On the Today show and CBS, Kerry complimented me again – and said Snowden "should man up and come back to the United States" to face charges. But John Kerry is wrong, because that's not the measure of patriotism when it comes to whistleblowing, for me or Snowden, who is facing the same criminal charges I did for exposing the Pentagon Papers. As Snowden told Brian Williams on NBC later that night and Snowden's lawyer told me the next morning, he would have no chance whatsoever to come home and make his case – in public or in court. Snowden would come back home to a jail cell – and not just an ordinary cell-block but isolation in solitary confinement, not just for months like Chelsea Manning but for the rest of his sentence, and probably the rest of his life. His legal adviser, Ben Wizner, told me that he estimates Snowden's chance of being allowed out on bail as zero. (I was out on bond, speaking against the Vietnam war, the whole 23 months I was under indictment). More importantly,... more... - Eric Logan
Sean McBride
Gen. Vallely: Amb. Stevens Involved in Secret US Arms Deal With Rebels -
"American Ambassador Christopher Stevens, who was murdered with three other Americans in Benghazi in 2012, was involved in a secret U.S. arms deal with al-Qaida-backed Libyan rebels, retired Army Maj. Gen. Paul Vallely has claimed. "We now have pretty good evidence to answer the question of why Ambassador Stevens was in Benghazi," Vallely exclusively told "The Steve Malzberg Show" on Newsmax TV. "He was there because of an arms deal that was a covert plan within the State Department … to arm the Libyan rebels whom the United States government was supporting, and who ultimately ousted former Libyan Prime Minister Moammar Gadhafi in October 2011,'' Vallely said." - Sean McBride from Bookmarklet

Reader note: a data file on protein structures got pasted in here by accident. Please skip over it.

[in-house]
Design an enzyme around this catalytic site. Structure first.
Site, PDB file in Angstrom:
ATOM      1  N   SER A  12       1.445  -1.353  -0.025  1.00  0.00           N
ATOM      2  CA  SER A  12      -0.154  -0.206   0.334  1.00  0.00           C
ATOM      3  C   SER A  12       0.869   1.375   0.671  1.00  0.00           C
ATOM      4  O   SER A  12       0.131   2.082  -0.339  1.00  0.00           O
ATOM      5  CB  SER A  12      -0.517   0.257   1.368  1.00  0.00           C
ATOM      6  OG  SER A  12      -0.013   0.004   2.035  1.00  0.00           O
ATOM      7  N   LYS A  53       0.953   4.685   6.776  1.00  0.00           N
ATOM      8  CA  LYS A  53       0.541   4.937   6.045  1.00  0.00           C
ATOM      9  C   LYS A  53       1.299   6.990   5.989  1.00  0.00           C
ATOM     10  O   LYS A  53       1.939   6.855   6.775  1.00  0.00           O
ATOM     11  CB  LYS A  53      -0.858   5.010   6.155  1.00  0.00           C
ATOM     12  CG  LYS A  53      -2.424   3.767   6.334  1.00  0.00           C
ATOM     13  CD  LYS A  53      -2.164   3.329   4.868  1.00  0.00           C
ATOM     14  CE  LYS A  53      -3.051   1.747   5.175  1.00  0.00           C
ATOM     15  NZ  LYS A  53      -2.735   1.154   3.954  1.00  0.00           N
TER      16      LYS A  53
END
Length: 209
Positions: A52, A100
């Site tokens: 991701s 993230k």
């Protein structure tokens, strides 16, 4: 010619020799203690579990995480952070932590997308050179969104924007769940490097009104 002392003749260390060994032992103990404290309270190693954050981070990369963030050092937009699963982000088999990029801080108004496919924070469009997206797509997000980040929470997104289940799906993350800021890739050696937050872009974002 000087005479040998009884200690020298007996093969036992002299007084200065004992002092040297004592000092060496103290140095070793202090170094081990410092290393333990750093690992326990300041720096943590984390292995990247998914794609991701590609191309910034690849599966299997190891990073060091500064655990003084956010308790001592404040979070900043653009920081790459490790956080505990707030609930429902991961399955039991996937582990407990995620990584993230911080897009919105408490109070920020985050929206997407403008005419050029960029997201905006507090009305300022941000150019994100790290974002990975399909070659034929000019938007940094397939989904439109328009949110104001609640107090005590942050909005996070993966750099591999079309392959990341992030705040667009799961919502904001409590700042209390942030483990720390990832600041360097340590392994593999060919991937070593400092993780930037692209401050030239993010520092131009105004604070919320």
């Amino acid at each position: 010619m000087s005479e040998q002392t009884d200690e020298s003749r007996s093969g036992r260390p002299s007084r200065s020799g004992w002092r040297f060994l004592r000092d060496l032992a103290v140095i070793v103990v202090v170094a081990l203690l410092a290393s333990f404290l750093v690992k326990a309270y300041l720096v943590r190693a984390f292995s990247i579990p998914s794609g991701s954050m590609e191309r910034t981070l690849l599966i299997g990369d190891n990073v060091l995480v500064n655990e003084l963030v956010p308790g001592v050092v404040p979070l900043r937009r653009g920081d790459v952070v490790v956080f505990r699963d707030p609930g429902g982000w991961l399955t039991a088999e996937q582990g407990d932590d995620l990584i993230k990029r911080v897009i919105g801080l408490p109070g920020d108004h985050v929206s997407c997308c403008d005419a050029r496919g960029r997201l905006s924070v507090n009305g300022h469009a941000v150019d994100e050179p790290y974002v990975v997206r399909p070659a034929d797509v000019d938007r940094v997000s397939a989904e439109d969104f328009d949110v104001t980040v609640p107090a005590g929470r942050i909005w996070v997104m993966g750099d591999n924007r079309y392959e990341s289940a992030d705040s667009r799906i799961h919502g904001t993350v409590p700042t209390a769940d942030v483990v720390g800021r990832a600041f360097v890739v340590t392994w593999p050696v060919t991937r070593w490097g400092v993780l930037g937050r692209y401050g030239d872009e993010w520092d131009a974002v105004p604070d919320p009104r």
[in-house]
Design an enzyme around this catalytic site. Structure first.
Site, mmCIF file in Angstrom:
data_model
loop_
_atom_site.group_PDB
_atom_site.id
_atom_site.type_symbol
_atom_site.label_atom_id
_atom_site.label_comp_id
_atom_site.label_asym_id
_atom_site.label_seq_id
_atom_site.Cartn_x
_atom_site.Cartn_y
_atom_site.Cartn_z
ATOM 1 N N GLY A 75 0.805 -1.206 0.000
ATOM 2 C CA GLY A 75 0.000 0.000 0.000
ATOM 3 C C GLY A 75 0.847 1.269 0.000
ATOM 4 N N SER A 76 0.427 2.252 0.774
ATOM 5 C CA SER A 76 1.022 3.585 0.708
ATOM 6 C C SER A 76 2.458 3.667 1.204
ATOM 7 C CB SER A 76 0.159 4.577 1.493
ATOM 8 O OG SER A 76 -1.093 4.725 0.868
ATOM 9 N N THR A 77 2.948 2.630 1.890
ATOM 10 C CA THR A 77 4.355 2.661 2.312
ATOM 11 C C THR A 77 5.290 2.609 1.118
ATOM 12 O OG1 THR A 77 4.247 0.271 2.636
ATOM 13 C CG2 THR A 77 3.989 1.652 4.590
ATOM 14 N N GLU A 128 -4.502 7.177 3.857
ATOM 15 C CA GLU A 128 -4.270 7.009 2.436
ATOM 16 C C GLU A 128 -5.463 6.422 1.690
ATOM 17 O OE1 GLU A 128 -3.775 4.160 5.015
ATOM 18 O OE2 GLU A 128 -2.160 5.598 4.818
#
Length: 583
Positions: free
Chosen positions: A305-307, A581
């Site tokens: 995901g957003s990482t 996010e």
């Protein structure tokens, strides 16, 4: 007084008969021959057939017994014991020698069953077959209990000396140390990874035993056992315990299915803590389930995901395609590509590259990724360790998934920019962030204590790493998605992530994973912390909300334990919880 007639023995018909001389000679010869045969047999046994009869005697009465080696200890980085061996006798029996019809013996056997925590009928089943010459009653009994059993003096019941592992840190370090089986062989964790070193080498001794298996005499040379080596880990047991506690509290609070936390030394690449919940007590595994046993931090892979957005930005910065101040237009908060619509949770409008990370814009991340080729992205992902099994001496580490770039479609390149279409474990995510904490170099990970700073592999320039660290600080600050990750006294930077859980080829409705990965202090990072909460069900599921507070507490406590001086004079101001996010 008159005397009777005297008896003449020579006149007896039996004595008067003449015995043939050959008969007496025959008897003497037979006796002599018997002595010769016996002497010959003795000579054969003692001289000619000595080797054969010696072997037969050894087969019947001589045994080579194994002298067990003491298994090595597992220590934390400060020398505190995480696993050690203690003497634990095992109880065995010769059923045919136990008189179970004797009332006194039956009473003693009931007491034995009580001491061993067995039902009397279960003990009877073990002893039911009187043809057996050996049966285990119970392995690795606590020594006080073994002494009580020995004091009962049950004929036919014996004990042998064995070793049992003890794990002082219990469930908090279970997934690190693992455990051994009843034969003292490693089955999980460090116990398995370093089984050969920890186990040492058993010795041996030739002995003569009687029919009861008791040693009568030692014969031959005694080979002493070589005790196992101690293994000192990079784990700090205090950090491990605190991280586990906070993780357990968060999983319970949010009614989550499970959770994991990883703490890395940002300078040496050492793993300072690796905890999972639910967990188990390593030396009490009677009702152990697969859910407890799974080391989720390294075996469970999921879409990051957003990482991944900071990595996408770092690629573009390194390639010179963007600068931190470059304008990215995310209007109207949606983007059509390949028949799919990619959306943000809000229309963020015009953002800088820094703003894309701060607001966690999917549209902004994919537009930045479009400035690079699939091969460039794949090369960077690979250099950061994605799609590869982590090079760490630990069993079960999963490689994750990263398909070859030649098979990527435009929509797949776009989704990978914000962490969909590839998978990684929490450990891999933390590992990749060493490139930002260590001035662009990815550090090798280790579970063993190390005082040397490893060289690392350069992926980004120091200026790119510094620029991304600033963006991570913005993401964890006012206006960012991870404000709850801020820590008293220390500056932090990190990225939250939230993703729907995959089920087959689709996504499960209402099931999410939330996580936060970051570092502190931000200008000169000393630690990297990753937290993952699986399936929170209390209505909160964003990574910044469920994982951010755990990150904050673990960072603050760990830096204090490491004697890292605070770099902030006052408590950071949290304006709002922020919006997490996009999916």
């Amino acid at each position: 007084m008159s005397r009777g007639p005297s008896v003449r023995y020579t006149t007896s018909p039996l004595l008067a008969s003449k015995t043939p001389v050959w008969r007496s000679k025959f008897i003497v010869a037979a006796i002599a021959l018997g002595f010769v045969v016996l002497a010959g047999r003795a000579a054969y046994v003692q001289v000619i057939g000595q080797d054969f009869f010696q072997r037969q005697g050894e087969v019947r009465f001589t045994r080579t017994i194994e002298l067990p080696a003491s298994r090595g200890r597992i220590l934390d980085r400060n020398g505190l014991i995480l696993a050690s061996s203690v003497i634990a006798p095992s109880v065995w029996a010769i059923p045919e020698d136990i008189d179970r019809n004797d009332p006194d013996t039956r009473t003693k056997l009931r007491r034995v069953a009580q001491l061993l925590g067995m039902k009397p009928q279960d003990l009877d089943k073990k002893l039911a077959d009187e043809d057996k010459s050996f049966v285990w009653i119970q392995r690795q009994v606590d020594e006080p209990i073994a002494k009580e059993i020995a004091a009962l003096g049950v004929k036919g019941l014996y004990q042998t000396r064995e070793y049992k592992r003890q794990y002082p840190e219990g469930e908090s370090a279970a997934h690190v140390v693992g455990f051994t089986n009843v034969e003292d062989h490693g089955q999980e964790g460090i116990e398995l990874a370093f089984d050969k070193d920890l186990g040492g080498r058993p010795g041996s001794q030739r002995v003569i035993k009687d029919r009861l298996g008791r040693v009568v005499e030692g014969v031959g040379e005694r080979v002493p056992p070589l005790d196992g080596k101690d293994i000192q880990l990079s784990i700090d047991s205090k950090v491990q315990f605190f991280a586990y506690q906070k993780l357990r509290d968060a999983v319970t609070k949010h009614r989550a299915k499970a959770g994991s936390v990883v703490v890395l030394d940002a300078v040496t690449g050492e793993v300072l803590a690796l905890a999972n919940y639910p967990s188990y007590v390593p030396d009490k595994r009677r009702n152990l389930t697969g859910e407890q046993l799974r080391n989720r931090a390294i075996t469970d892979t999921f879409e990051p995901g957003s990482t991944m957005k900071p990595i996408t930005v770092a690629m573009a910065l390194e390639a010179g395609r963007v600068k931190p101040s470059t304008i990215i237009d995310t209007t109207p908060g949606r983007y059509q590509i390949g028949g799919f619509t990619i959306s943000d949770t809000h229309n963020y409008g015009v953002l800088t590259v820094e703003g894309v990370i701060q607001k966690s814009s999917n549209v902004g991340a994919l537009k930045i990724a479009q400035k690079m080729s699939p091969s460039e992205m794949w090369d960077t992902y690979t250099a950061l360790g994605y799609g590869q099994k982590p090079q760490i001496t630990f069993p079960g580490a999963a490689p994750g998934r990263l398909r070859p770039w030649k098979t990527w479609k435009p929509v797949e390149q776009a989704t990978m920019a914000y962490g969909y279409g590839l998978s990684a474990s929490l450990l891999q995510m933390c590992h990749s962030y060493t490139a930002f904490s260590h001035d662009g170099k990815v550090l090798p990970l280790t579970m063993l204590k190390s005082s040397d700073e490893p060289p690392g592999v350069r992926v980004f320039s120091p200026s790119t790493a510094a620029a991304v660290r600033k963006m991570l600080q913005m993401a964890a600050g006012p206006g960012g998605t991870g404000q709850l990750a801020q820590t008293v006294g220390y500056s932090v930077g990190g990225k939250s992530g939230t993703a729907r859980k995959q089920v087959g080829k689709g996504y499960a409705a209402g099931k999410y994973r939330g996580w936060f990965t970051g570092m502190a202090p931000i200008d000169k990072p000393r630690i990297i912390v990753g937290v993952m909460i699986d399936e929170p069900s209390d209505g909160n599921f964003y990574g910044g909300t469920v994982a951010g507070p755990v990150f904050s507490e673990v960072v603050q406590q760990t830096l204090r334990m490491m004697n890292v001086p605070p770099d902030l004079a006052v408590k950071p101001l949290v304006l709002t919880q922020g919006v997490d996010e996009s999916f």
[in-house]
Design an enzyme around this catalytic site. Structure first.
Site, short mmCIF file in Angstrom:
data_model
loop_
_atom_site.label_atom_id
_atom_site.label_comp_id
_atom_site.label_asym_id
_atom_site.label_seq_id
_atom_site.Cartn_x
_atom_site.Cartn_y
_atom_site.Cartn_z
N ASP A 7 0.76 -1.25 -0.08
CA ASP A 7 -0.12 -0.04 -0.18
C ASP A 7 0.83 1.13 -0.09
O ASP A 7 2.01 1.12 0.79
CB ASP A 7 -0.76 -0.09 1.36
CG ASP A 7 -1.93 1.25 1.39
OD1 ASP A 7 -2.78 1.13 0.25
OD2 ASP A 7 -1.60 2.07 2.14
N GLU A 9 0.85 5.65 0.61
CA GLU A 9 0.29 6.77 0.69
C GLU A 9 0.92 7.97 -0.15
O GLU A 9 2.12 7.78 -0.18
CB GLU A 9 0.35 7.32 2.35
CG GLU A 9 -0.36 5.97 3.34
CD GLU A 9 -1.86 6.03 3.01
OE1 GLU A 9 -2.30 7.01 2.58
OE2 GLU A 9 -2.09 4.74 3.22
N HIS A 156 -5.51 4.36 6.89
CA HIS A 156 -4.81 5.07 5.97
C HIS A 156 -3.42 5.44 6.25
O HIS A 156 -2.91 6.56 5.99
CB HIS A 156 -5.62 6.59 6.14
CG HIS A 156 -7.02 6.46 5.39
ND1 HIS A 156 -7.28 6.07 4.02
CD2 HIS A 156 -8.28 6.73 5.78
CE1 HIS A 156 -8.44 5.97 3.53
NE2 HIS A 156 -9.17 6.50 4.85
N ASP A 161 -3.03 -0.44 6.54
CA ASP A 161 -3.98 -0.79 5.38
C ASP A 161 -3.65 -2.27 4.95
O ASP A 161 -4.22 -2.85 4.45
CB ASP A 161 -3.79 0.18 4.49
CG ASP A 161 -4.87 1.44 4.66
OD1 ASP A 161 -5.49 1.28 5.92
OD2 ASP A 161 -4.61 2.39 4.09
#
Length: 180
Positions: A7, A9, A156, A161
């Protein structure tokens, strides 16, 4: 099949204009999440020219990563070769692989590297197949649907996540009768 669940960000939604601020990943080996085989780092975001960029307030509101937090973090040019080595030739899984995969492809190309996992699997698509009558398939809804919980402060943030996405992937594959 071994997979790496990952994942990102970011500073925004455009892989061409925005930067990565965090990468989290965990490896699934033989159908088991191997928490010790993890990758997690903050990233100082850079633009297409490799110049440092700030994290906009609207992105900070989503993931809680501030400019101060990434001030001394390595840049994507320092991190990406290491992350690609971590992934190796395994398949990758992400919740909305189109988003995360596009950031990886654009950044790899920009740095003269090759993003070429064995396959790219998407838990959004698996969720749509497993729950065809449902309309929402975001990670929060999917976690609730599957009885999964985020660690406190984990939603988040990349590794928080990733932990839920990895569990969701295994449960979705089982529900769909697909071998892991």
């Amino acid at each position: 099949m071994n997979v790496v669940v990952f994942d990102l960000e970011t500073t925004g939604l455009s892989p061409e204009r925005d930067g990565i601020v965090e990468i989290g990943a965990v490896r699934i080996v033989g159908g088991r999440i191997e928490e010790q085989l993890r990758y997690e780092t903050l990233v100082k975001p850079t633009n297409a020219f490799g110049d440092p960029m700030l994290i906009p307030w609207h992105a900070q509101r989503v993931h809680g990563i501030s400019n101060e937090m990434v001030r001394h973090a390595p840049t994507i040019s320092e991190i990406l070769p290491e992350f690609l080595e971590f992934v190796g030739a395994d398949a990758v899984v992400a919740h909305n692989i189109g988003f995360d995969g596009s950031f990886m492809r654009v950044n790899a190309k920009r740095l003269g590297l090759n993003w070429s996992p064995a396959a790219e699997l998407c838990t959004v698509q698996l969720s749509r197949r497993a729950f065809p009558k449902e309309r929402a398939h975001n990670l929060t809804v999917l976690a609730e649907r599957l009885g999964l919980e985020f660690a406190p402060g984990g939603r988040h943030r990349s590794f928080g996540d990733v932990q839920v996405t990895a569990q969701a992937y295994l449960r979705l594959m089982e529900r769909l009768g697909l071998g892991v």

"One of the people involved in the weapons deal, and who met with Stevens, was American arms merchant Marc Turi — who, according to Vallely, is now being silenced by the U.S. government." - Sean McBride
"But now, "Turi has a sealed indictment against him by the U.S. government and State Department," Vallely said. "Here's an individual caught up again in the vise of this government, [which] wants to silence anybody that knows anything deep about Benghazi.'' "That's why the [House] Select Committee [on Benghazi] is so important … Marc Turi's the guy that hopefully we can get all that information out of once we can get him in front of the Select Committee.''" - Sean McBride